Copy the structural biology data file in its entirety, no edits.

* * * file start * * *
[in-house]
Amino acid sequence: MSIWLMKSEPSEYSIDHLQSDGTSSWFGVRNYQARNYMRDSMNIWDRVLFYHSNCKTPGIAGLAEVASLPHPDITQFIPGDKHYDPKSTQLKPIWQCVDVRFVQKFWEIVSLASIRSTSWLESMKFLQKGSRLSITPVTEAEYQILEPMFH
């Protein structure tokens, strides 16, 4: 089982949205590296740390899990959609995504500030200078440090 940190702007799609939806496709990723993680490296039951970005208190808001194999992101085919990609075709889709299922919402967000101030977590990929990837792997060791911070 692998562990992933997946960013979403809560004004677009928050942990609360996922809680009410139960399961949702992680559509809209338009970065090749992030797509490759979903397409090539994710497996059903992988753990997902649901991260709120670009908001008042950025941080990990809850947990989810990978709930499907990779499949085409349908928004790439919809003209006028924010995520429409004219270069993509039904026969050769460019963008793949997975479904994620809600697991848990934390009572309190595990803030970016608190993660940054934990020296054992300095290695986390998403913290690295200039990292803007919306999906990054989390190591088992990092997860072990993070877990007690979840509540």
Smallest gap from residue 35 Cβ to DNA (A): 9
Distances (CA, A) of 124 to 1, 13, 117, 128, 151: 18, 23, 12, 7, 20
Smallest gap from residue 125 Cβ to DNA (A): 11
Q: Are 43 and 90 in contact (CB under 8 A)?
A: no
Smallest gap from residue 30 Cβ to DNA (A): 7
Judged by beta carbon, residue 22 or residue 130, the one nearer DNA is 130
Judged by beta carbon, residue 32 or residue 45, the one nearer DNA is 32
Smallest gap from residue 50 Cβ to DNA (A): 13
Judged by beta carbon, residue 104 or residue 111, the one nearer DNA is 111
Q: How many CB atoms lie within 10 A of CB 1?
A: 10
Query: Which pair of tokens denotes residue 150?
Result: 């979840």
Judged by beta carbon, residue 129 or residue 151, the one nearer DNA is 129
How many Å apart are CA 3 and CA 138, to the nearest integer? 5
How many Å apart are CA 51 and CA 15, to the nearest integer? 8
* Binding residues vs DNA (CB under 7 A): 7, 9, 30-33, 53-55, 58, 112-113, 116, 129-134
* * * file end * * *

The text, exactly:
[in-house]
Amino acid sequence: MSIWLMKSEPSEYSIDHLQSDGTSSWFGVRNYQARNYMRDSMNIWDRVLFYHSNCKTPGIAGLAEVASLPHPDITQFIPGDKHYDPKSTQLKPIWQCVDVRFVQKFWEIVSLASIRSTSWLESMKFLQKGSRLSITPVTEAEYQILEPMFH
């Protein structure tokens, strides 16, 4: 089982949205590296740390899990959609995504500030200078440090 940190702007799609939806496709990723993680490296039951970005208190808001194999992101085919990609075709889709299922919402967000101030977590990929990837792997060791911070 692998562990992933997946960013979403809560004004677009928050942990609360996922809680009410139960399961949702992680559509809209338009970065090749992030797509490759979903397409090539994710497996059903992988753990997902649901991260709120670009908001008042950025941080990990809850947990989810990978709930499907990779499949085409349908928004790439919809003209006028924010995520429409004219270069993509039904026969050769460019963008793949997975479904994620809600697991848990934390009572309190595990803030970016608190993660940054934990020296054992300095290695986390998403913290690295200039990292803007919306999906990054989390190591088992990092997860072990993070877990007690979840509540």
Smallest gap from residue 35 Cβ to DNA (A): 9
Distances (CA, A) of 124 to 1, 13, 117, 128, 151: 18, 23, 12, 7, 20
Smallest gap from residue 125 Cβ to DNA (A): 11
Q: Are 43 and 90 in contact (CB under 8 A)?
A: no
Smallest gap from residue 30 Cβ to DNA (A): 7
Judged by beta carbon, residue 22 or residue 130, the one nearer DNA is 130
Judged by beta carbon, residue 32 or residue 45, the one nearer DNA is 32
Smallest gap from residue 50 Cβ to DNA (A): 13
Judged by beta carbon, residue 104 or residue 111, the one nearer DNA is 111
Q: How many CB atoms lie within 10 A of CB 1?
A: 10
Query: Which pair of tokens denotes residue 150?
Result: 């979840």
Judged by beta carbon, residue 129 or residue 151, the one nearer DNA is 129
How many Å apart are CA 3 and CA 138, to the nearest integer? 5
How many Å apart are CA 51 and CA 15, to the nearest integer? 8
* Binding residues vs DNA (CB under 7 A): 7, 9, 30-33, 53-55, 58, 112-113, 116, 129-134